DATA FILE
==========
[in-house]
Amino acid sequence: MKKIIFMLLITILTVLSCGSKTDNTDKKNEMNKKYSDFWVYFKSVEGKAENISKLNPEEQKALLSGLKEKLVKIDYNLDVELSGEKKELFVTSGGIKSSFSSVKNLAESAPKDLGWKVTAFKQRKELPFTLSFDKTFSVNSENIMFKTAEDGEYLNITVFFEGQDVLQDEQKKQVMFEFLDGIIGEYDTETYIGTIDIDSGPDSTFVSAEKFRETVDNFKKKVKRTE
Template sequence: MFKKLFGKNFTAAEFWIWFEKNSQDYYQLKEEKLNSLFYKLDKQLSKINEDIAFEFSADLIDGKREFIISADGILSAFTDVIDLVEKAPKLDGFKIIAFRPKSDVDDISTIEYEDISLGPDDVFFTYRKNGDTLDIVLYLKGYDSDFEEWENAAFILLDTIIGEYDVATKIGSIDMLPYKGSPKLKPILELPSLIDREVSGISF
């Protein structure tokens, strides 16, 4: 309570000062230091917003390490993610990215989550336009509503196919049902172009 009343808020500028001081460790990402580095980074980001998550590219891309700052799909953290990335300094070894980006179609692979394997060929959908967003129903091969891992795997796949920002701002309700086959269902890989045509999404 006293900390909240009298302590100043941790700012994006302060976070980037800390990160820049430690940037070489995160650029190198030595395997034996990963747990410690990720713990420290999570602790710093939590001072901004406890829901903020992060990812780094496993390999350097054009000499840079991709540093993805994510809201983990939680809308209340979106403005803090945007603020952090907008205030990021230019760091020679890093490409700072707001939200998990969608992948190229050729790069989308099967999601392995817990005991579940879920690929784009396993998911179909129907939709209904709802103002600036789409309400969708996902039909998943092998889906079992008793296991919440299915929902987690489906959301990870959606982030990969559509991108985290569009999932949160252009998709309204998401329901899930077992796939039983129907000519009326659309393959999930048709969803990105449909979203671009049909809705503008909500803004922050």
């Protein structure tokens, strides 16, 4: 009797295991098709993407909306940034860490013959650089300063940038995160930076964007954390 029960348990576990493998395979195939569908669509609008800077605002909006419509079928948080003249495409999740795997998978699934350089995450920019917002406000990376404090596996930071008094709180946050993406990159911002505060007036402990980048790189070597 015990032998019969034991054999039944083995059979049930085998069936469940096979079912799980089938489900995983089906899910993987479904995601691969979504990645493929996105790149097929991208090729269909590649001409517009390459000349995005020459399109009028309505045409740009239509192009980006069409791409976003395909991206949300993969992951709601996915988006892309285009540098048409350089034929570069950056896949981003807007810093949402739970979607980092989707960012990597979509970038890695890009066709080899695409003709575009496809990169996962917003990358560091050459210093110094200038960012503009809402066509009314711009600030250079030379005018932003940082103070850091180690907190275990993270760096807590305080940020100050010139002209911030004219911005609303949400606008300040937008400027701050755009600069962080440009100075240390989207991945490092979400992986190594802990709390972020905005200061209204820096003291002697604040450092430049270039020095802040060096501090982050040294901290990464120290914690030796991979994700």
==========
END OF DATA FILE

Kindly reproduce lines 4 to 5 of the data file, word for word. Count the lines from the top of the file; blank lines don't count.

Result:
């Protein structure tokens, strides 16, 4: 309570000062230091917003390490993610990215989550336009509503196919049902172009 009343808020500028001081460790990402580095980074980001998550590219891309700052799909953290990335300094070894980006179609692979394997060929959908967003129903091969891992795997796949920002701002309700086959269902890989045509999404 006293900390909240009298302590100043941790700012994006302060976070980037800390990160820049430690940037070489995160650029190198030595395997034996990963747990410690990720713990420290999570602790710093939590001072901004406890829901903020992060990812780094496993390999350097054009000499840079991709540093993805994510809201983990939680809308209340979106403005803090945007603020952090907008205030990021230019760091020679890093490409700072707001939200998990969608992948190229050729790069989308099967999601392995817990005991579940879920690929784009396993998911179909129907939709209904709802103002600036789409309400969708996902039909998943092998889906079992008793296991919440299915929902987690489906959301990870959606982030990969559509991108985290569009999932949160252009998709309204998401329901899930077992796939039983129907000519009326659309393959999930048709969803990105449909979203671009049909809705503008909500803004922050």
């Protein structure tokens, strides 16, 4: 009797295991098709993407909306940034860490013959650089300063940038995160930076964007954390 029960348990576990493998395979195939569908669509609008800077605002909006419509079928948080003249495409999740795997998978699934350089995450920019917002406000990376404090596996930071008094709180946050993406990159911002505060007036402990980048790189070597 015990032998019969034991054999039944083995059979049930085998069936469940096979079912799980089938489900995983089906899910993987479904995601691969979504990645493929996105790149097929991208090729269909590649001409517009390459000349995005020459399109009028309505045409740009239509192009980006069409791409976003395909991206949300993969992951709601996915988006892309285009540098048409350089034929570069950056896949981003807007810093949402739970979607980092989707960012990597979509970038890695890009066709080899695409003709575009496809990169996962917003990358560091050459210093110094200038960012503009809402066509009314711009600030250079030379005018932003940082103070850091180690907190275990993270760096807590305080940020100050010139002209911030004219911005609303949400606008300040937008400027701050755009600069962080440009100075240390989207991945490092979400992986190594802990709390972020905005200061209204820096003291002697604040450092430049270039020095802040060096501090982050040294901290990464120290914690030796991979994700």